* Powerful JavaBeans-based configuration management, applying Inversion-of-Control principles. This makes wiring up applications quick and easy. No more singletons littered throughout your codebase, no more arbitrary properties files: one consistent and elegant approach everywhere. This core bean factory can be used in any environment, from applets to J2EE containers. * Generic abstraction layer for transaction management, allowing for pluggable transaction managers, and making it easy to demarcate transactions without dealing with low-level issues. Generic strategies for JTA and a single JDBC DataSource are included. In contrast to plain JTA or EJB CMT, Spring's transaction support is not tied to J2EE environments. * JDBC abstraction layer that offers a meaningful exception hierarchy (no more pulling vendor codes out of SQLException), simplifies error handling, and greatly reduces the amount of code you'll need to write. You'll never need to write another finally block to use JDBC again. The JDBC-oriented exceptions comply to Spring's generic DAO exception hierarchy. * Integration with Hibernate, JDO, and iBATIS SQL Maps: in terms of resource holders, DAO implementation support, and transaction strategies. First-class Hibernate support with lots of IoC convenience features, addressing many typical Hibernate integration issues. All of these comply to Spring's generic transaction and DAO exception hierarchies. * AOP functionality, fully integrated into Spring configuration management. You can AOP-enable any object managed by Spring, adding aspects such as declarative transaction management. With Spring, you can have declarative transaction management without EJB... even without JTA, if you're using a single database in Tomcat or another web container without JTA support. * Flexible MVC web application framework, built on core Spring functionality. This framework is highly configurable via strategy interfaces, and accommodates multiple view technologies like JSP, Velocity, Tiles, iText, and POI. Note that a Spring middle tier can easily be combined with a web tier based on any other web MVC framework, like Struts, WebWork, or Tapestry.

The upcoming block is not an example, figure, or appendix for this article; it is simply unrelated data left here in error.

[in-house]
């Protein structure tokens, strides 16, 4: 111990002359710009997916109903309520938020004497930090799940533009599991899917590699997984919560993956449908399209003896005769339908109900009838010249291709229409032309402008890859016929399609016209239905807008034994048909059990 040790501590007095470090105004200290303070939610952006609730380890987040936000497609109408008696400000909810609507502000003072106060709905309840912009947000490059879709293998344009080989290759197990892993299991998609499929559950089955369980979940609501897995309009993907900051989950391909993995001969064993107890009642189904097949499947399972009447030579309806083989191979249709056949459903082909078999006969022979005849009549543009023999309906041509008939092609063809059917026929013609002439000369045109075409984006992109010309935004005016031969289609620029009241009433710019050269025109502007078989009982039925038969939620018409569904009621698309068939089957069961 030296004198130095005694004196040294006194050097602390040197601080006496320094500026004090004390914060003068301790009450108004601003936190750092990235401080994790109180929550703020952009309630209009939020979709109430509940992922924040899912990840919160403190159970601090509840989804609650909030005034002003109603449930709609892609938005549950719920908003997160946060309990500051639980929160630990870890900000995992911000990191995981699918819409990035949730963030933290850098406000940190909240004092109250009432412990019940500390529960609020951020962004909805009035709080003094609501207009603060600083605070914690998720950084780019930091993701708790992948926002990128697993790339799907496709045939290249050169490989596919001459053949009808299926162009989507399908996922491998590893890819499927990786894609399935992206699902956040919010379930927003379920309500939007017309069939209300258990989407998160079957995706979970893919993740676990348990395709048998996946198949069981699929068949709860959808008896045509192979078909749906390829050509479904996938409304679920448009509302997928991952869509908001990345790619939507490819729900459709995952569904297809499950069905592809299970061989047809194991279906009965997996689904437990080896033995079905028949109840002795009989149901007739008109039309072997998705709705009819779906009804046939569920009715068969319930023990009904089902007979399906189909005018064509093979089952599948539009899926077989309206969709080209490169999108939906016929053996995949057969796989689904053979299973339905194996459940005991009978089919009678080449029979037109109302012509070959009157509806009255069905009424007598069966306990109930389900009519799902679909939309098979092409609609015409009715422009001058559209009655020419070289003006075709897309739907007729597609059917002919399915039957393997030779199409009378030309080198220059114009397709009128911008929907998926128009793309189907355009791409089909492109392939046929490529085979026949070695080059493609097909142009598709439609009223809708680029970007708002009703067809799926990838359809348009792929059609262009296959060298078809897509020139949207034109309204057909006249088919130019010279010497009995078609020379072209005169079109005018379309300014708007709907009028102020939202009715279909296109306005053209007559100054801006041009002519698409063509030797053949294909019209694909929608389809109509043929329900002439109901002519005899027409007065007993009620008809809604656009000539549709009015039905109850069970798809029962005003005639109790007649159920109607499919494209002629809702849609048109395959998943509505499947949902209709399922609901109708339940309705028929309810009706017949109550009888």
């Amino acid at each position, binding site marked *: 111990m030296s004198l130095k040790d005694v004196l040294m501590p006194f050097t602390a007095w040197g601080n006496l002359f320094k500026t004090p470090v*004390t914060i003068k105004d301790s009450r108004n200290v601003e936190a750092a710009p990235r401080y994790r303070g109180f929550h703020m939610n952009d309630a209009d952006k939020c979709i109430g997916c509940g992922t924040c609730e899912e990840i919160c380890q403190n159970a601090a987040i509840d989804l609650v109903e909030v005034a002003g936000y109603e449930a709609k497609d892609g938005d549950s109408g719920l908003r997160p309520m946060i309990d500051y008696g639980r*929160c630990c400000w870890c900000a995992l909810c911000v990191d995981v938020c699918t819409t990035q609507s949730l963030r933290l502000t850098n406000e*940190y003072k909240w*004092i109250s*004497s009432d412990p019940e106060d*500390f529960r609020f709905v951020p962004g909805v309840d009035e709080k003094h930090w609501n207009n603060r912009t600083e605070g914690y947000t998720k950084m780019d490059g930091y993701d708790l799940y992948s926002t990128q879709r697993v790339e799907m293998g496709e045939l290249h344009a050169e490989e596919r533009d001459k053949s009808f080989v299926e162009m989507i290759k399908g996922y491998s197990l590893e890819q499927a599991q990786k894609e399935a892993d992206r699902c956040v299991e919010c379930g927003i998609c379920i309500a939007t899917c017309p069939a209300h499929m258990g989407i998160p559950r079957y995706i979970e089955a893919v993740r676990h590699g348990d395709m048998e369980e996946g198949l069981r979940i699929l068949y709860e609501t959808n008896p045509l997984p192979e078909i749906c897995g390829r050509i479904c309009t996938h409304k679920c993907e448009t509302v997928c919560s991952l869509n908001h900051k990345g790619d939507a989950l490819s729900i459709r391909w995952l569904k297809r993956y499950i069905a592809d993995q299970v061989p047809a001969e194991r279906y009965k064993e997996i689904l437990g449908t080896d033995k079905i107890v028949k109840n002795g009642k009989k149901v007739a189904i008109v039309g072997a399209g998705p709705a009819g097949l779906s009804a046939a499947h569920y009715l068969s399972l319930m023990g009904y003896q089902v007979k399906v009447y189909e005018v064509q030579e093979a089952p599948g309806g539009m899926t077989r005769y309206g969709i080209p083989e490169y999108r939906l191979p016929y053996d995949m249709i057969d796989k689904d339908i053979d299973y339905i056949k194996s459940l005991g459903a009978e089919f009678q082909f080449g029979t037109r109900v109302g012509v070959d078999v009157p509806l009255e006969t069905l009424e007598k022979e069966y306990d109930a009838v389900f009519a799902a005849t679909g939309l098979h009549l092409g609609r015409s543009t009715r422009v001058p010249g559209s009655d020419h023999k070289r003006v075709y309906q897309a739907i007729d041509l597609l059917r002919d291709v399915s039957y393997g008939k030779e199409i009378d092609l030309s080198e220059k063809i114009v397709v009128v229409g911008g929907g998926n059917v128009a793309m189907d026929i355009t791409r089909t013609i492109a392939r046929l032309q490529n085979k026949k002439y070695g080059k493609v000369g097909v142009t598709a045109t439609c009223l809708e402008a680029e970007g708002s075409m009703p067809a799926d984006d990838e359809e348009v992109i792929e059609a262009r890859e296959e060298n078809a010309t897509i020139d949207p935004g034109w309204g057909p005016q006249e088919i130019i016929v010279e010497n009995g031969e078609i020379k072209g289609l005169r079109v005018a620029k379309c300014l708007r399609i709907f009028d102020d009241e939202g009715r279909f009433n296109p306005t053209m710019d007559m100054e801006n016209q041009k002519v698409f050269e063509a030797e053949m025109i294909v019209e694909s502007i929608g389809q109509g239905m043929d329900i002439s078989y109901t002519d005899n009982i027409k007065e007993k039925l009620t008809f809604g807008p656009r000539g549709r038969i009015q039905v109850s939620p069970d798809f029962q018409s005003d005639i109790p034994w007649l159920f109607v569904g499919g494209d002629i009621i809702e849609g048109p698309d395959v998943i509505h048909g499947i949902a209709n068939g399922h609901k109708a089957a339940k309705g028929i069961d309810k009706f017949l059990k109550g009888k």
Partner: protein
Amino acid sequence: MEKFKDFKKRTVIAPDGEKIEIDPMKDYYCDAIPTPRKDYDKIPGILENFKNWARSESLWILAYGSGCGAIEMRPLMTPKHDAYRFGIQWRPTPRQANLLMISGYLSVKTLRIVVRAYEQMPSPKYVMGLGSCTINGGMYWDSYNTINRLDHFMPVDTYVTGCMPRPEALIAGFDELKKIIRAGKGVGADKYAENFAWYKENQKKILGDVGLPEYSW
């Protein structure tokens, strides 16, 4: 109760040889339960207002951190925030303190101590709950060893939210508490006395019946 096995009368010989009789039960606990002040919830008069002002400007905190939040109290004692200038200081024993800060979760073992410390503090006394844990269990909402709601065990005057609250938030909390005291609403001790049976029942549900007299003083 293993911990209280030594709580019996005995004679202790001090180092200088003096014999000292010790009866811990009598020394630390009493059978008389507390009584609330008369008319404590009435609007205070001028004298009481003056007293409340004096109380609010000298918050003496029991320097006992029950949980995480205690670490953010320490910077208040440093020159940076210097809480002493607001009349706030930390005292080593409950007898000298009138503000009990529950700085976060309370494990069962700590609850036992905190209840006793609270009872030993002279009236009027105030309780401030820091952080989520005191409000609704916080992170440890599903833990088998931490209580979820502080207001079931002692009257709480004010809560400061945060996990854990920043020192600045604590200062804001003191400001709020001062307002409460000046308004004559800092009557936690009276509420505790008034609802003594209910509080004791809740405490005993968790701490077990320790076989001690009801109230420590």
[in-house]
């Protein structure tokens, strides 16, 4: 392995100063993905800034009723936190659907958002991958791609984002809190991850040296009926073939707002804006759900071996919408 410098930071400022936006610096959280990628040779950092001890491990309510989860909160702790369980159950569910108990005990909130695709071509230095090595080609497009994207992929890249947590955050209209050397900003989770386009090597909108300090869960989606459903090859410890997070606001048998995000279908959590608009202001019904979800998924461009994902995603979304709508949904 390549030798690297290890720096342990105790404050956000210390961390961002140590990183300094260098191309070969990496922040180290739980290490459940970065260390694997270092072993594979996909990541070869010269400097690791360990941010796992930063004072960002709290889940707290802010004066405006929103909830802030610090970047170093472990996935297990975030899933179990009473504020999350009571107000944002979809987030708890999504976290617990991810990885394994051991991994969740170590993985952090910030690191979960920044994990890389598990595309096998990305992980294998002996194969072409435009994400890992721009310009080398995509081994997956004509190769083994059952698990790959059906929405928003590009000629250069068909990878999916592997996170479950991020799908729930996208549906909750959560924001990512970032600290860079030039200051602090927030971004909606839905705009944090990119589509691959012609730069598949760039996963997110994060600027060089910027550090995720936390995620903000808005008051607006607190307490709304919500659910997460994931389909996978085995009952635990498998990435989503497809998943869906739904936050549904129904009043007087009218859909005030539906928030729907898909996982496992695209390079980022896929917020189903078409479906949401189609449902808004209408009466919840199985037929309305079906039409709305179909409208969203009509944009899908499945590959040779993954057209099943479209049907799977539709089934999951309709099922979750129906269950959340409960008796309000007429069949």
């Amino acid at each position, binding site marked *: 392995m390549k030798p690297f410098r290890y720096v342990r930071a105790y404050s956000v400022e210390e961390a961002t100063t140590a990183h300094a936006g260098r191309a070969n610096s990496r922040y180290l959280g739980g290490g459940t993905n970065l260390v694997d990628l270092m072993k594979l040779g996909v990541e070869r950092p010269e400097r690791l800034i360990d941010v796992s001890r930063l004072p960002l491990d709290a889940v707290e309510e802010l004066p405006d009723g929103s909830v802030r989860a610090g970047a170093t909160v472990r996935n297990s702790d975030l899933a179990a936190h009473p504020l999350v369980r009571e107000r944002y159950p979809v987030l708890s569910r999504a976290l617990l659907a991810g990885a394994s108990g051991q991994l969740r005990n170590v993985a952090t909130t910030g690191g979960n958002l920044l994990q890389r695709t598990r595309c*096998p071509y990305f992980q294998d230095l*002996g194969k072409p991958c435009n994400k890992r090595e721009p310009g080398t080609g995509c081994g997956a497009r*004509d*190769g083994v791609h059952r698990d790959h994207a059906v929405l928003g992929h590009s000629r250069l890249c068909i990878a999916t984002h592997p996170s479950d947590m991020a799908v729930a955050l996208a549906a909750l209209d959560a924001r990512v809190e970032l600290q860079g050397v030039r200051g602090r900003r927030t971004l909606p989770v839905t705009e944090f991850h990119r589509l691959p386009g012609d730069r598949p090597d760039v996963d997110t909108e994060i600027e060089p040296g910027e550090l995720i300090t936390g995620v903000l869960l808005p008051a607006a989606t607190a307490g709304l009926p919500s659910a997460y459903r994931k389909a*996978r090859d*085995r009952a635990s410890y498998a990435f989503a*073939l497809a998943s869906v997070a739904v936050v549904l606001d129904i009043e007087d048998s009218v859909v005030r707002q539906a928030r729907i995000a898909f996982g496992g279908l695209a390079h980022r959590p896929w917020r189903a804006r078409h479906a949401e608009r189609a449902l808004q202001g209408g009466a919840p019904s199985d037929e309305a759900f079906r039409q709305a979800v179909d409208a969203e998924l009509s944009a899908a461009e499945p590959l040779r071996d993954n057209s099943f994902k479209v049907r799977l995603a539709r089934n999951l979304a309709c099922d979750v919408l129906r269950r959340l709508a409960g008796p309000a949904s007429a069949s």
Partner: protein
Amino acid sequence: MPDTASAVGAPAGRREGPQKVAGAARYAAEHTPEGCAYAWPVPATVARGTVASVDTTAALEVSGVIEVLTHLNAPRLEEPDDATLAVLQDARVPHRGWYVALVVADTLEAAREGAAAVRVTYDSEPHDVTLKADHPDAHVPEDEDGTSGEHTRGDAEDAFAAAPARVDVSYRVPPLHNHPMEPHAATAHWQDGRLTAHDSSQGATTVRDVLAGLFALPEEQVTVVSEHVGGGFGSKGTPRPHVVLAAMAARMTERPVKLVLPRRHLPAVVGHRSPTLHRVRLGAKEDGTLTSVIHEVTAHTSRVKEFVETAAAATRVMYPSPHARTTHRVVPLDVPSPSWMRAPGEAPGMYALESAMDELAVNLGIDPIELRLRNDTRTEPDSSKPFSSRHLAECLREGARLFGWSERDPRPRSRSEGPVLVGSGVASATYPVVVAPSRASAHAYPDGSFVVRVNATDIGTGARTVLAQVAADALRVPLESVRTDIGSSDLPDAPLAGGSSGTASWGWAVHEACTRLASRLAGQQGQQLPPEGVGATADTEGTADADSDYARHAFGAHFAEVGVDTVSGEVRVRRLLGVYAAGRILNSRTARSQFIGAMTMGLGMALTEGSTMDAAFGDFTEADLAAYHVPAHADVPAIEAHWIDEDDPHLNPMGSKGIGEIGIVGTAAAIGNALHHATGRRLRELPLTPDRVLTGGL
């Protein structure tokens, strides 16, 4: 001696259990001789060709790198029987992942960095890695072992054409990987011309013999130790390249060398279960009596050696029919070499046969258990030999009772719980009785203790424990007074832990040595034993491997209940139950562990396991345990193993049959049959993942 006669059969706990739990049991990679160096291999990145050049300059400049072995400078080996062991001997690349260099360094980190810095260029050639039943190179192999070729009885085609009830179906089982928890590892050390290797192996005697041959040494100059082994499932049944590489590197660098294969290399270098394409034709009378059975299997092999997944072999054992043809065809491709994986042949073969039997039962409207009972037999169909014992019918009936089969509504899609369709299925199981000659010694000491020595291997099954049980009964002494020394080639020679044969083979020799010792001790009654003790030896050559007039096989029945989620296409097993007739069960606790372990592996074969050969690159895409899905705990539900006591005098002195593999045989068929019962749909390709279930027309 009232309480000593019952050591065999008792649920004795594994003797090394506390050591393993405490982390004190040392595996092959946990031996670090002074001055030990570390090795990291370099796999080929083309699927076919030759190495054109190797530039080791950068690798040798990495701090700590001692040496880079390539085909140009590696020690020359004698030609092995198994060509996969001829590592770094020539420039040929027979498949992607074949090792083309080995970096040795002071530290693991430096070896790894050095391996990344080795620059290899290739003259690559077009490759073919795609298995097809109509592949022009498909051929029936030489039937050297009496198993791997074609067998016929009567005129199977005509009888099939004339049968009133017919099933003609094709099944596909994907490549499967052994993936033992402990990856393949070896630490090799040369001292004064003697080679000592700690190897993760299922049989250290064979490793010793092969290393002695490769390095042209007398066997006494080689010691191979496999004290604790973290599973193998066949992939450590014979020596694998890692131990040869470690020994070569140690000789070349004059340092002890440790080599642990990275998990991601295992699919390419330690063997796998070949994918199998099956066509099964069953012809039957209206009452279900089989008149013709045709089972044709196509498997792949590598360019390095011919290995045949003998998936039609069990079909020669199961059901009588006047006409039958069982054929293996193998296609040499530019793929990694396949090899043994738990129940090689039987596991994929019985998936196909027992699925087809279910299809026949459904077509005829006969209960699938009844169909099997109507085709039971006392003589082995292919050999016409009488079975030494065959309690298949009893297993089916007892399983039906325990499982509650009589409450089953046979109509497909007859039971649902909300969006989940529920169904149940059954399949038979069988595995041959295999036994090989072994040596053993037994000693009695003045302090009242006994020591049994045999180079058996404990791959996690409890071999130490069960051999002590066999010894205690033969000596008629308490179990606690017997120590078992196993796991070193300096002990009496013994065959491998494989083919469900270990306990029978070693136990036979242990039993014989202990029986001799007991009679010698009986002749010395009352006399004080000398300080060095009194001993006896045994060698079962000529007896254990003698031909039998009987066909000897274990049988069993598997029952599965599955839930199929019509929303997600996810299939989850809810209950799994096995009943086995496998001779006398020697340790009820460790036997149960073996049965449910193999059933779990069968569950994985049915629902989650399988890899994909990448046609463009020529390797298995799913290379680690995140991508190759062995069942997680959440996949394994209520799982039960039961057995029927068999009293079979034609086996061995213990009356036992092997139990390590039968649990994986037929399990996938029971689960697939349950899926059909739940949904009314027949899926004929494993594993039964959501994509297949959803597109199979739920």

Java Developer, Thailand
Originally posted by Sunil Manheri: Hi all, I am using Struts for a long time and I found it to be a very useful, easy to use powerful framework. What are the advantages of String over Struts? Regards, Sunil Manheri.
Struts is a web application framework, whereas Spring is a "whole" application framework. It makes it easier to develop your backend and your middle-tier. While it has a MVC framework, it also has good support classes for the popular frameworks. In fact, it has a
Originally posted by Sunil Manheri: Thanks for the reply.
We have Struts web framework and EJB for backend, and it fits perfect, then why I have to go for Spring?
If it fits perfect, there's no reason for you to change - is there? Spring is great for new development, especially if you're developing with a test-first methodology. If you have a working application and its in production - why would you refactor it to use the latest technologies? If it ain't broke - don't fix it.